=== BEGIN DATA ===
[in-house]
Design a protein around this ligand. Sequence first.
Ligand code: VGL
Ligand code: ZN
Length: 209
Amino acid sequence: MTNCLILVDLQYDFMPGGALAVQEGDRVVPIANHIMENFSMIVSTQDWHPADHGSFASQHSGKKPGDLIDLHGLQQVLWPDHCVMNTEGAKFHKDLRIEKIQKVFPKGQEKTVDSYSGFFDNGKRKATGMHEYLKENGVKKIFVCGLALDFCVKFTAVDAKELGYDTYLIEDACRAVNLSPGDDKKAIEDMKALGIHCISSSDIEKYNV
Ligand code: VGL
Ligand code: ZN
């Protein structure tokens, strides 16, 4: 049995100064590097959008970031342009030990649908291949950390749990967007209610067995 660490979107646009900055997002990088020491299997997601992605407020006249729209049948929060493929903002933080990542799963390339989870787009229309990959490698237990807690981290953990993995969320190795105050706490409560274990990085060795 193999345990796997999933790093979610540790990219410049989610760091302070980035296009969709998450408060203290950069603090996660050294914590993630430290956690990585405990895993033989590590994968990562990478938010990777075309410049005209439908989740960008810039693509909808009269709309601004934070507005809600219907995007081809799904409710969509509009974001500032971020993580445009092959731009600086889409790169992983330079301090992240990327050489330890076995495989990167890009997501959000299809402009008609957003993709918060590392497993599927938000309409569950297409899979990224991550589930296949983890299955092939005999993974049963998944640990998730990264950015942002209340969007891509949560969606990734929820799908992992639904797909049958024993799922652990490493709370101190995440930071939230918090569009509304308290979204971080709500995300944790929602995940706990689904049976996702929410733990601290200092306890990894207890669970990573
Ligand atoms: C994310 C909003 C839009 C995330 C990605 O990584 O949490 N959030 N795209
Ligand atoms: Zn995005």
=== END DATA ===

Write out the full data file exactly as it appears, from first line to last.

[in-house]
Design a protein around this ligand. Sequence first.
Ligand code: VGL
Ligand code: ZN
Length: 209
Amino acid sequence: MTNCLILVDLQYDFMPGGALAVQEGDRVVPIANHIMENFSMIVSTQDWHPADHGSFASQHSGKKPGDLIDLHGLQQVLWPDHCVMNTEGAKFHKDLRIEKIQKVFPKGQEKTVDSYSGFFDNGKRKATGMHEYLKENGVKKIFVCGLALDFCVKFTAVDAKELGYDTYLIEDACRAVNLSPGDDKKAIEDMKALGIHCISSSDIEKYNV
Ligand code: VGL
Ligand code: ZN
């Protein structure tokens, strides 16, 4: 049995100064590097959008970031342009030990649908291949950390749990967007209610067995 660490979107646009900055997002990088020491299997997601992605407020006249729209049948929060493929903002933080990542799963390339989870787009229309990959490698237990807690981290953990993995969320190795105050706490409560274990990085060795 193999345990796997999933790093979610540790990219410049989610760091302070980035296009969709998450408060203290950069603090996660050294914590993630430290956690990585405990895993033989590590994968990562990478938010990777075309410049005209439908989740960008810039693509909808009269709309601004934070507005809600219907995007081809799904409710969509509009974001500032971020993580445009092959731009600086889409790169992983330079301090992240990327050489330890076995495989990167890009997501959000299809402009008609957003993709918060590392497993599927938000309409569950297409899979990224991550589930296949983890299955092939005999993974049963998944640990998730990264950015942002209340969007891509949560969606990734929820799908992992639904797909049958024993799922652990490493709370101190995440930071939230918090569009509304308290979204971080709500995300944790929602995940706990689904049976996702929410733990601290200092306890990894207890669970990573
Ligand atoms: C994310 C909003 C839009 C995330 C990605 O990584 O949490 N959030 N795209
Ligand atoms: Zn995005």